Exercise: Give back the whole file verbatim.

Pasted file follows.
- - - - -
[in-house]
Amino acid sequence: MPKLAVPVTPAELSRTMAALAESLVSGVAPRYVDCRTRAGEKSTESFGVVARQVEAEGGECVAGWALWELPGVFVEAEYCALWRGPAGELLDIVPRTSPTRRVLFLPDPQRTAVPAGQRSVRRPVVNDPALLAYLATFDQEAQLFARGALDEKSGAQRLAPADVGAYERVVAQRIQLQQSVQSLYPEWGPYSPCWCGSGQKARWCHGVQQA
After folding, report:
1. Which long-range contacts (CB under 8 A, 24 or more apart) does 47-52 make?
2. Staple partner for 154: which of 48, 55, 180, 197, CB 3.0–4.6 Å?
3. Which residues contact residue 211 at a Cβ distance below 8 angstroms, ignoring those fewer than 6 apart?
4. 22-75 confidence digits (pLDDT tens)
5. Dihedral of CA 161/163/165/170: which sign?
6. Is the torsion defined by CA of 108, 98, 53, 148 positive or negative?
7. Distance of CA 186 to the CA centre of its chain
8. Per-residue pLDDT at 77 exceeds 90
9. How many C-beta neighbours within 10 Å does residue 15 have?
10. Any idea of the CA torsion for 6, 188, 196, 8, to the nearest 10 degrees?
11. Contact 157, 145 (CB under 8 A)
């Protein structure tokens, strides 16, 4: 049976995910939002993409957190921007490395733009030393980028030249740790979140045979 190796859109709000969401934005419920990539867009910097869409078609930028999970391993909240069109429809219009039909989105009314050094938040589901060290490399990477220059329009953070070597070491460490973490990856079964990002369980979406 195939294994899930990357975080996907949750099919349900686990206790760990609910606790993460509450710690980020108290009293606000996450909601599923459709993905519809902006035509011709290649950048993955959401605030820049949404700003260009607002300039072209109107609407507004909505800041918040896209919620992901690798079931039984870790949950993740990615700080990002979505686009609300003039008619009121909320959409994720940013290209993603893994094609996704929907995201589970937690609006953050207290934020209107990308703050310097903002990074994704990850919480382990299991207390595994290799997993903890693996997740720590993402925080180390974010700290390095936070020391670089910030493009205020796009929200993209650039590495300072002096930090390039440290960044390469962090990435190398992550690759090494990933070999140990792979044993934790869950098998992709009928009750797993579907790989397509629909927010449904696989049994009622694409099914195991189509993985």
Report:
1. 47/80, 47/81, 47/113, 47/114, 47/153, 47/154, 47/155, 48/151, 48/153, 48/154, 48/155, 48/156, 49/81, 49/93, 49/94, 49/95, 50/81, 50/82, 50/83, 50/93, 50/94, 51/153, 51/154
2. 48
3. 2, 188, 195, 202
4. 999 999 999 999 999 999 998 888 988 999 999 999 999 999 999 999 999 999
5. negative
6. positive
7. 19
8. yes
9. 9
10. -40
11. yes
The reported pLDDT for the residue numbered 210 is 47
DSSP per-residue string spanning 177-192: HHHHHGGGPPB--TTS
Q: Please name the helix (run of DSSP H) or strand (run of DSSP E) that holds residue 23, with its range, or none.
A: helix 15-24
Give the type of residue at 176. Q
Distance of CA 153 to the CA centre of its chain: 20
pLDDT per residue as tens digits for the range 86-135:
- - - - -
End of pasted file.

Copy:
[in-house]
Amino acid sequence: MPKLAVPVTPAELSRTMAALAESLVSGVAPRYVDCRTRAGEKSTESFGVVARQVEAEGGECVAGWALWELPGVFVEAEYCALWRGPAGELLDIVPRTSPTRRVLFLPDPQRTAVPAGQRSVRRPVVNDPALLAYLATFDQEAQLFARGALDEKSGAQRLAPADVGAYERVVAQRIQLQQSVQSLYPEWGPYSPCWCGSGQKARWCHGVQQA
After folding, report:
1. Which long-range contacts (CB under 8 A, 24 or more apart) does 47-52 make?
2. Staple partner for 154: which of 48, 55, 180, 197, CB 3.0–4.6 Å?
3. Which residues contact residue 211 at a Cβ distance below 8 angstroms, ignoring those fewer than 6 apart?
4. 22-75 confidence digits (pLDDT tens)
5. Dihedral of CA 161/163/165/170: which sign?
6. Is the torsion defined by CA of 108, 98, 53, 148 positive or negative?
7. Distance of CA 186 to the CA centre of its chain
8. Per-residue pLDDT at 77 exceeds 90
9. How many C-beta neighbours within 10 Å does residue 15 have?
10. Any idea of the CA torsion for 6, 188, 196, 8, to the nearest 10 degrees?
11. Contact 157, 145 (CB under 8 A)
């Protein structure tokens, strides 16, 4: 049976995910939002993409957190921007490395733009030393980028030249740790979140045979 190796859109709000969401934005419920990539867009910097869409078609930028999970391993909240069109429809219009039909989105009314050094938040589901060290490399990477220059329009953070070597070491460490973490990856079964990002369980979406 195939294994899930990357975080996907949750099919349900686990206790760990609910606790993460509450710690980020108290009293606000996450909601599923459709993905519809902006035509011709290649950048993955959401605030820049949404700003260009607002300039072209109107609407507004909505800041918040896209919620992901690798079931039984870790949950993740990615700080990002979505686009609300003039008619009121909320959409994720940013290209993603893994094609996704929907995201589970937690609006953050207290934020209107990308703050310097903002990074994704990850919480382990299991207390595994290799997993903890693996997740720590993402925080180390974010700290390095936070020391670089910030493009205020796009929200993209650039590495300072002096930090390039440290960044390469962090990435190398992550690759090494990933070999140990792979044993934790869950098998992709009928009750797993579907790989397509629909927010449904696989049994009622694409099914195991189509993985």
Report:
1. 47/80, 47/81, 47/113, 47/114, 47/153, 47/154, 47/155, 48/151, 48/153, 48/154, 48/155, 48/156, 49/81, 49/93, 49/94, 49/95, 50/81, 50/82, 50/83, 50/93, 50/94, 51/153, 51/154
2. 48
3. 2, 188, 195, 202
4. 999 999 999 999 999 999 998 888 988 999 999 999 999 999 999 999 999 999
5. negative
6. positive
7. 19
8. yes
9. 9
10. -40
11. yes
The reported pLDDT for the residue numbered 210 is 47
DSSP per-residue string spanning 177-192: HHHHHGGGPPB--TTS
Q: Please name the helix (run of DSSP H) or strand (run of DSSP E) that holds residue 23, with its range, or none.
A: helix 15-24
Give the type of residue at 176. Q
Distance of CA 153 to the CA centre of its chain: 20
pLDDT per residue as tens digits for the range 86-135: